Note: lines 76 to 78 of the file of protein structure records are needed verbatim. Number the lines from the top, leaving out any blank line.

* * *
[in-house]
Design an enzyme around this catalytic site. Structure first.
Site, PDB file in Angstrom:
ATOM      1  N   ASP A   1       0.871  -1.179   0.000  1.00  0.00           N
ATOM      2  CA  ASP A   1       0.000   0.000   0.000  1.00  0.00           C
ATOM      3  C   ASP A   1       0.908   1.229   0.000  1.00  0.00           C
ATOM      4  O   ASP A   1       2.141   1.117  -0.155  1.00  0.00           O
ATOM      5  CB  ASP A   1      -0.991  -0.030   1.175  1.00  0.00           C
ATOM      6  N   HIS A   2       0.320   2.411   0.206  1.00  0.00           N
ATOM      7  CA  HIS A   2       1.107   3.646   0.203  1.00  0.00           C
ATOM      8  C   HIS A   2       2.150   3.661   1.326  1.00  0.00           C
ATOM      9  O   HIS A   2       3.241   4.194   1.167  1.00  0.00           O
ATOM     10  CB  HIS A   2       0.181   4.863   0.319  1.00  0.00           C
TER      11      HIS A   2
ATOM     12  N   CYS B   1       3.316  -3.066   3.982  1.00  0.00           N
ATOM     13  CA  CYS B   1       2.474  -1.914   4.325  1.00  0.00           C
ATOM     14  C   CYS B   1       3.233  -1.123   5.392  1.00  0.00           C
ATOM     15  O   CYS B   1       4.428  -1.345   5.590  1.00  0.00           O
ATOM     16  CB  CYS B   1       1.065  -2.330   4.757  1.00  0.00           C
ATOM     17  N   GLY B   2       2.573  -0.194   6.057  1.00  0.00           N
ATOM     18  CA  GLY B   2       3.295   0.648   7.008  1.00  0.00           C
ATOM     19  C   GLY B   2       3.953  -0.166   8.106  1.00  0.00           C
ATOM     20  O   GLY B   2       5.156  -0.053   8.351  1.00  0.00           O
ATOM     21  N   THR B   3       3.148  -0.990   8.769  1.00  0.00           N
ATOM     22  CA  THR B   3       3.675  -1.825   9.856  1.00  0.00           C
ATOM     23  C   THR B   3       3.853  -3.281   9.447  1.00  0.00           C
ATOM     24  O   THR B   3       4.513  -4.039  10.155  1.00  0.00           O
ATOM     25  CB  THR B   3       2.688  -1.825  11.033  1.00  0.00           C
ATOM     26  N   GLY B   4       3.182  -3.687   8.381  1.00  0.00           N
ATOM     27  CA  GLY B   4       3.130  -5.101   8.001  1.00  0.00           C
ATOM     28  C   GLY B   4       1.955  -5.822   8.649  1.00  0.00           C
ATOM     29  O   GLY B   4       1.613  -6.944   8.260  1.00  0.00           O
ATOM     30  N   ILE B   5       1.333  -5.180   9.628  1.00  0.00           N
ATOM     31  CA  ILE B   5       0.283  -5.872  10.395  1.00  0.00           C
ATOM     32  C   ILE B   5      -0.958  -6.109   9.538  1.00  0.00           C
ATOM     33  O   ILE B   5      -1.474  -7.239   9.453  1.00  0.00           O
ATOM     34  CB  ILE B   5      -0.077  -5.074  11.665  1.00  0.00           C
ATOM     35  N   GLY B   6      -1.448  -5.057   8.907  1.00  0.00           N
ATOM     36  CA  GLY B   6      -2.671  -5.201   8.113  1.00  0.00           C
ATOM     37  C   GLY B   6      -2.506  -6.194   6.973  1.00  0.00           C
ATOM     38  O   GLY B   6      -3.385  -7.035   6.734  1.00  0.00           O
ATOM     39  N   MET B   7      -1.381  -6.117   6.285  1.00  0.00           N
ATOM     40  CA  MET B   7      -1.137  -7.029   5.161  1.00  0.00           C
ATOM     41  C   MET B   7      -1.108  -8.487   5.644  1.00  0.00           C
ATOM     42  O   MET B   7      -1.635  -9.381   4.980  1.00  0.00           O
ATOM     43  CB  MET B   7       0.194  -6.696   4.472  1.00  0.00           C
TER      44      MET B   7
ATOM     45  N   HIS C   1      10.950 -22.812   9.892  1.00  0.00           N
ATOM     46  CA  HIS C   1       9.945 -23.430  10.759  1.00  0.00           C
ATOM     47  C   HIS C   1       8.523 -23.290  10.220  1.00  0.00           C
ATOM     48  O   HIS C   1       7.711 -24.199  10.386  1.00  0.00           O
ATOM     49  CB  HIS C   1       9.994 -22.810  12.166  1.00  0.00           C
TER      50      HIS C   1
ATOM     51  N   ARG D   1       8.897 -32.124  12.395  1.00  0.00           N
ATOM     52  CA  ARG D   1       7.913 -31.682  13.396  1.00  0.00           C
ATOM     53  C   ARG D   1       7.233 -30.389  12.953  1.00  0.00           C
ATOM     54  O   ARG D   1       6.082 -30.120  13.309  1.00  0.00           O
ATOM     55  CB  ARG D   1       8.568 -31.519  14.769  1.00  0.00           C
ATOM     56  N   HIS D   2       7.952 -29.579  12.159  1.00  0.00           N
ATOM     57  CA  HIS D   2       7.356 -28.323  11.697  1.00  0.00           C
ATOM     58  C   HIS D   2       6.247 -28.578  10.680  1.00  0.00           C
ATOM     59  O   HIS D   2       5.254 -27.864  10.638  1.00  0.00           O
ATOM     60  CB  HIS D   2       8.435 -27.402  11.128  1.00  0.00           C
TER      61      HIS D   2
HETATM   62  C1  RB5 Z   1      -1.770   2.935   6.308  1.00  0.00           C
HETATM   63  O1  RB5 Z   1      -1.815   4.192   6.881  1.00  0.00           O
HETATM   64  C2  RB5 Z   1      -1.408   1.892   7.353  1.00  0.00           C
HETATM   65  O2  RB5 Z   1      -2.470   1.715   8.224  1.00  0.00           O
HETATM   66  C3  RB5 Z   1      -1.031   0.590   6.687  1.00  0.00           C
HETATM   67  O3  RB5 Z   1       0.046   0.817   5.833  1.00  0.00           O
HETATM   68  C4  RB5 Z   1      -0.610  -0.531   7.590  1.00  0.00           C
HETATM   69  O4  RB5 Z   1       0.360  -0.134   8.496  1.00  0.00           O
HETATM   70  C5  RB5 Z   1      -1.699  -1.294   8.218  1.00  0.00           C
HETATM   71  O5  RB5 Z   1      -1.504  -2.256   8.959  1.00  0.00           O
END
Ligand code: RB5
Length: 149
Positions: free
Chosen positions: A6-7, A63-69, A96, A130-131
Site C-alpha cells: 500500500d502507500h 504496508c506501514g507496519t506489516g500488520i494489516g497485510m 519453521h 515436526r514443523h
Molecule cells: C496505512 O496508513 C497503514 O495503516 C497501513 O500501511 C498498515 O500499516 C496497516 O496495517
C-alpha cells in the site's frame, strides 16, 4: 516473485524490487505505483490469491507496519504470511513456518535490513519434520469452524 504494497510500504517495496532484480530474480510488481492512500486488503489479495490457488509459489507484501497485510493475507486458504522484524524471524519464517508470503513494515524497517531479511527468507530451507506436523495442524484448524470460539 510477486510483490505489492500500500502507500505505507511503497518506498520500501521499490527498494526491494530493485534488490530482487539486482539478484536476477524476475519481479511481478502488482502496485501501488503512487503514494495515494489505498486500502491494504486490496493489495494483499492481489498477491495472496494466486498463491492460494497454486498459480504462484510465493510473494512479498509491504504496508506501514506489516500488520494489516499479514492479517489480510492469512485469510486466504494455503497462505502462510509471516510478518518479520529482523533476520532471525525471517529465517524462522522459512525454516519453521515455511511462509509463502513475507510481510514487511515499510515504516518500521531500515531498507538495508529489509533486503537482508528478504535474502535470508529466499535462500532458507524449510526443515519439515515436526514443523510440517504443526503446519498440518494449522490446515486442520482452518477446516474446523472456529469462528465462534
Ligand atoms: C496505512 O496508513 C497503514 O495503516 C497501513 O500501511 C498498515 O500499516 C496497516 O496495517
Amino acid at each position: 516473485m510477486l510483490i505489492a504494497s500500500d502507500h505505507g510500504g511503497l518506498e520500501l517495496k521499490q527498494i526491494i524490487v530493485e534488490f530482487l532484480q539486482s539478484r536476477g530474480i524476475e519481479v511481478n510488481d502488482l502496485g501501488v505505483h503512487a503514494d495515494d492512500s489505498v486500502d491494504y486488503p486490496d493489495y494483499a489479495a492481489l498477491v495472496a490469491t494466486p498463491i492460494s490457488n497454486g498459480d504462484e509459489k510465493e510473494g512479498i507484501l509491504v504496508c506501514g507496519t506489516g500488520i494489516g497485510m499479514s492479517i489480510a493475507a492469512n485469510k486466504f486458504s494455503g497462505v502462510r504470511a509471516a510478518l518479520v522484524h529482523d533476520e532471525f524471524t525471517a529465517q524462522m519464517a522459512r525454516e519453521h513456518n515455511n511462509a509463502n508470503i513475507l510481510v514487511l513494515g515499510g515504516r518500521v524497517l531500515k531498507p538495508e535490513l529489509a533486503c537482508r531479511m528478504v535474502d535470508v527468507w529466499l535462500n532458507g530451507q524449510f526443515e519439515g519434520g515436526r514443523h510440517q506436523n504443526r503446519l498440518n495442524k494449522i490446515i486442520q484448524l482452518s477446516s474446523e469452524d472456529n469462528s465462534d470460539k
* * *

Ligand code: RB5
Length: 149
Positions: free